Barely a month has passed in the last year without EA reiterating its intent for Battlefield to steal a significant share of the FPS market from Activision's Call of Duty, and in the long term to eventually overtake it.
With both games now on shelves and early sales figures in (Battlefield 3 did five million in a week, Modern Warfare 3 did more than 6.5 million in a day), a number of industry analysts have offered Eurogamer their thoughts on just how that strategy is panning out.
The consensus? Everyone's a winner.
Screen Digest's Piers Harding-Rolls explained that though Battlefield 3 hasn't taken a significant number of sales away from Activision, it has successfully increased EA's share of the shooter market.
"Enabled by aggressive retailer trade-in sweeteners and the well timed release schedule, gamers have been able to enjoy both of these titles for not much more than the cost of a single game," he said.
"This has helped in expanding the market significantly in the opening weeks from launch. This also means that even though Battlefield 3 has not dented Modern Warfare 3 sales significantly, EA has definitely managed to increase its share of the shooter opportunity overall. As such both companies will be happy - as will the retailers."
He went on to argue that going forward, Activision will retain the upper hand by offering customers greater value and long term engagement.
"The new measurement of success for these titles is their longevity enabled through online play and ongoing engagement with gamers over a period of months," he argued.
"This helps these titles to continue to sell and to maintain their ASP, to shift large volumes of DLC and to maintain a user base ready for the next major iteration.
"Activision Blizzard leads the way here with CoD Elite and will, I believe, enjoy better online engagement as a result. At this point EA appears around a year behind with regards to its online strategy for Battlefield."
Wedbush Morgan's Michael Pachter agreed that Battlefield hasn't dented Call of Duty's sales, but has been a big success for EA nonetheless. He argued that the only hope EA has of taking the FPS crown is if Activision drops the ball.
"I think it's reasonable to assume that Call of Duty will peak eventually, but to pass Call of Duty, Battelfield would have to sell 25 million units (at last year's Call of Duty rate), or Call of Duty would have to decline.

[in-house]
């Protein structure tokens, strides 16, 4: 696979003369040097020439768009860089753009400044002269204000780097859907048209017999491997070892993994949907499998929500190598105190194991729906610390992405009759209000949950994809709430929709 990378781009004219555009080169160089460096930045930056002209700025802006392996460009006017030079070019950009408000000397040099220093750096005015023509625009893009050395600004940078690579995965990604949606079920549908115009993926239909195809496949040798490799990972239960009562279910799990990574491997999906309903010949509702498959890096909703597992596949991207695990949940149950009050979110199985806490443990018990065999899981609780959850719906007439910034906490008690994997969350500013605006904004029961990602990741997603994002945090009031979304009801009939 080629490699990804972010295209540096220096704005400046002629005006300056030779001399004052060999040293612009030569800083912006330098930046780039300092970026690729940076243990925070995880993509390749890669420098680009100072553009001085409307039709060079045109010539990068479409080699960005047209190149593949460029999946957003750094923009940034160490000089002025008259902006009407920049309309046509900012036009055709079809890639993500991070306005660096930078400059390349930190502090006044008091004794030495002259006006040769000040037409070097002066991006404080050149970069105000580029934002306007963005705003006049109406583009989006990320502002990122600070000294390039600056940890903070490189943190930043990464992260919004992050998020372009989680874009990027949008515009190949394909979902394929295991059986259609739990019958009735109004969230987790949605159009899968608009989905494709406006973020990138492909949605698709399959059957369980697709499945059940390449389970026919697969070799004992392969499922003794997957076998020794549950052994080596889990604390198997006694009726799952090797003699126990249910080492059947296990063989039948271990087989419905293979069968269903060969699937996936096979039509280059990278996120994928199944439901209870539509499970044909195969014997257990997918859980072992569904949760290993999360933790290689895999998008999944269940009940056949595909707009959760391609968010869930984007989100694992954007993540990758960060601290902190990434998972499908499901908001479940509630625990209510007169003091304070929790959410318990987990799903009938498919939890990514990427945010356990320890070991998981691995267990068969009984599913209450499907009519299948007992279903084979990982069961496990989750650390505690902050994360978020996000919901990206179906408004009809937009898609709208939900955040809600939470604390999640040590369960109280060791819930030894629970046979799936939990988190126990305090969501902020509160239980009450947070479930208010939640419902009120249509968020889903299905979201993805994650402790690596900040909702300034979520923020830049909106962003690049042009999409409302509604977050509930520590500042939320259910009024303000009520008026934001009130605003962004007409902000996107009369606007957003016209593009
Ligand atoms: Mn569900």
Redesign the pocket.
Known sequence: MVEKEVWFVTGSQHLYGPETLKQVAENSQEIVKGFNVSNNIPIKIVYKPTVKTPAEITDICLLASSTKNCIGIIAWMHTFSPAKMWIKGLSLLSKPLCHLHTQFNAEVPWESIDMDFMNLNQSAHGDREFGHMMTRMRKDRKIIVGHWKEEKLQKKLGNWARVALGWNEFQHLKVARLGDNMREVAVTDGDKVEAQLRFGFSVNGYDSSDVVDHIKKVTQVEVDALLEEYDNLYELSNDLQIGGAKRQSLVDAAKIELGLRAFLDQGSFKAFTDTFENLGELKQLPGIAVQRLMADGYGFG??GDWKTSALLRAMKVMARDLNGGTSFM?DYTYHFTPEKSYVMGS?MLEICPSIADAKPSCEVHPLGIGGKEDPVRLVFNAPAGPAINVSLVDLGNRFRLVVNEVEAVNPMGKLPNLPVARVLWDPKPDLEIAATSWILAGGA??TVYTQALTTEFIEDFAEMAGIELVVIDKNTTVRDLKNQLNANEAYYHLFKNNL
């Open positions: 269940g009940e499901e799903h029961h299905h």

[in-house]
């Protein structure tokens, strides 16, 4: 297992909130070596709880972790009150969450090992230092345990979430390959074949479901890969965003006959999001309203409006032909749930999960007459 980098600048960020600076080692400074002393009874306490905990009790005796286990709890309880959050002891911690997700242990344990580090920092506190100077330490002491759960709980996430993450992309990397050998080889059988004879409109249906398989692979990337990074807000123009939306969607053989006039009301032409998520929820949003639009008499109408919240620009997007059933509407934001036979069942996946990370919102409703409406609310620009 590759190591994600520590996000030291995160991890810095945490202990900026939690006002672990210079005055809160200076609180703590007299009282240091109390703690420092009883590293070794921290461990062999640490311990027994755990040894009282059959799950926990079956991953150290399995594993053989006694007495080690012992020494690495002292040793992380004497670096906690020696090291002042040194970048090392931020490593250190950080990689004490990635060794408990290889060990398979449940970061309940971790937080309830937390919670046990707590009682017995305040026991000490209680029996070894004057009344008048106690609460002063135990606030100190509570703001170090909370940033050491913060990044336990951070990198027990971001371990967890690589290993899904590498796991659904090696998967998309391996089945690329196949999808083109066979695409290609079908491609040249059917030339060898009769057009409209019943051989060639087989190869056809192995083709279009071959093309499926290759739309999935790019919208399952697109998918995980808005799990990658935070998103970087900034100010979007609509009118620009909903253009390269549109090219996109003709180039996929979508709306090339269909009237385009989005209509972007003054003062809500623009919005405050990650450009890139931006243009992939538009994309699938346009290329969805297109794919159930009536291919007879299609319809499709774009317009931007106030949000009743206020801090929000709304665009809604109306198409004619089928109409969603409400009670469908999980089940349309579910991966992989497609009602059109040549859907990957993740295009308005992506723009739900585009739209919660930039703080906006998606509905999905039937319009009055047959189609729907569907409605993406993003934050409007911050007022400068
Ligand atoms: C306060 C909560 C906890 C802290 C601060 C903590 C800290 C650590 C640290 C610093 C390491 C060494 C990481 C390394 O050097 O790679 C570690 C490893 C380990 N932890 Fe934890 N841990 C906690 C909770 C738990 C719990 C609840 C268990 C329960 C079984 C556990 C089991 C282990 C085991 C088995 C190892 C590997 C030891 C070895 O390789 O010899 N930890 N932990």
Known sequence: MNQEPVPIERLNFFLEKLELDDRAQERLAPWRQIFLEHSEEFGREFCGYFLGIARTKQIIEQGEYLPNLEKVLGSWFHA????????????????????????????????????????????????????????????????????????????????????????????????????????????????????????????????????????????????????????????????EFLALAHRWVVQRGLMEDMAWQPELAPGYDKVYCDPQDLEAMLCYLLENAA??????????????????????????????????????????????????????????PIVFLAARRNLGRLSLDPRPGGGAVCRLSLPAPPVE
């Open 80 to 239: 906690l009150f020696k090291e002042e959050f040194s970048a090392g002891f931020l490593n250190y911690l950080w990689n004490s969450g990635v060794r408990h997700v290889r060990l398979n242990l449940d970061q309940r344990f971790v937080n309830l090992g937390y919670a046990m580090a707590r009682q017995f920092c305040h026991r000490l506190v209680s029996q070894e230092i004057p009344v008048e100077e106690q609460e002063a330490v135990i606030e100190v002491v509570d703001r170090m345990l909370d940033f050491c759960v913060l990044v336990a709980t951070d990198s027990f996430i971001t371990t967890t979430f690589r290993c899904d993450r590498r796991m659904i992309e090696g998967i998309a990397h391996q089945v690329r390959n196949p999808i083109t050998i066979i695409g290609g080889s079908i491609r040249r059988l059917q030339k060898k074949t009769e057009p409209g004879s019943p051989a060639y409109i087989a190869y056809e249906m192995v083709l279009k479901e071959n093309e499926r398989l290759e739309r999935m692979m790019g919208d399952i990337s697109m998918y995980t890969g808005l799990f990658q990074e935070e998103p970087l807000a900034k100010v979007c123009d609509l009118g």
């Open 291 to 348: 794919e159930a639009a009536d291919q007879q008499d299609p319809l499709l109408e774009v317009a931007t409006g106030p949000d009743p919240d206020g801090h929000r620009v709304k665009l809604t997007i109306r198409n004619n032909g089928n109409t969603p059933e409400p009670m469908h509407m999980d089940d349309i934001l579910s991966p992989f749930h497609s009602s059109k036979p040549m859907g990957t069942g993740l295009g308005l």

"I don't think it's 'doable' that Battlefield will become the best-selling game of all time, since in order for that to happen, Battlefield would have to build as large and vibrant a multiplayer community as Call of Duty currently has. This is a stretch, as the Call of Duty community is unprecedented in its size and allegiance.
"I think that EA's claim is analogous to someone saying that their mobile phone will outsell the iPhone; it's 'doable' only if the iPhone falters. By that logic, Battlefield will pass Call of Duty only if Call of Duty falters."
Pachter went on to suggest that EA's pre-release bluster was just that, and that the publisher never really anticipated toppling Call of Duty.
"The numbers were what I expected. I'm not sure that EA really expected to impact Call of Duty at all, they just want their share of a really big market. Battlefield will probably be EA's biggest game this year, so I'm sure that EA is happy."
M2 Research's Billy Pidgeon suggested that EA can reap further rewards in the future by focusing on one of Battlefield's key strength - its strong PC presence.
"I think Battlefield 3 can continue to expand particularly on the PC, and that also gives EA greater reach in markets with negligible console penetration," he argued.
"To the extent that EA can maximise the PC base for Battlefield 3, ideally with free-to-play, pay per session and other low friction business models, Battlefield 3 could definitely increase overall share.
"As for the Battlefield franchise overtaking Call of Duty, anything is possible. It's possible, if not likely, that Battlefield 3 could outsell Modern Warfare 3. It's far more likely that Battlefield 3 could end up on more systems via freely distributed copies."
Finally, Pidgeon noted that Call of Duty has another weapon in its arsenal that hasn't been widely taken into account in revenue discussions: the Elite subscription service
"The released unit and revenue numbers don't represent the full retail impact of Modern Warfare 3, as these don't include numbers for Premium Elite sales, which should be considerable," he said.
"If a fifth of the 6.5 million units sold on day one were accompanied by Premium Elite sales, for instance, that would be about the equivalent of an additional million units in revenue."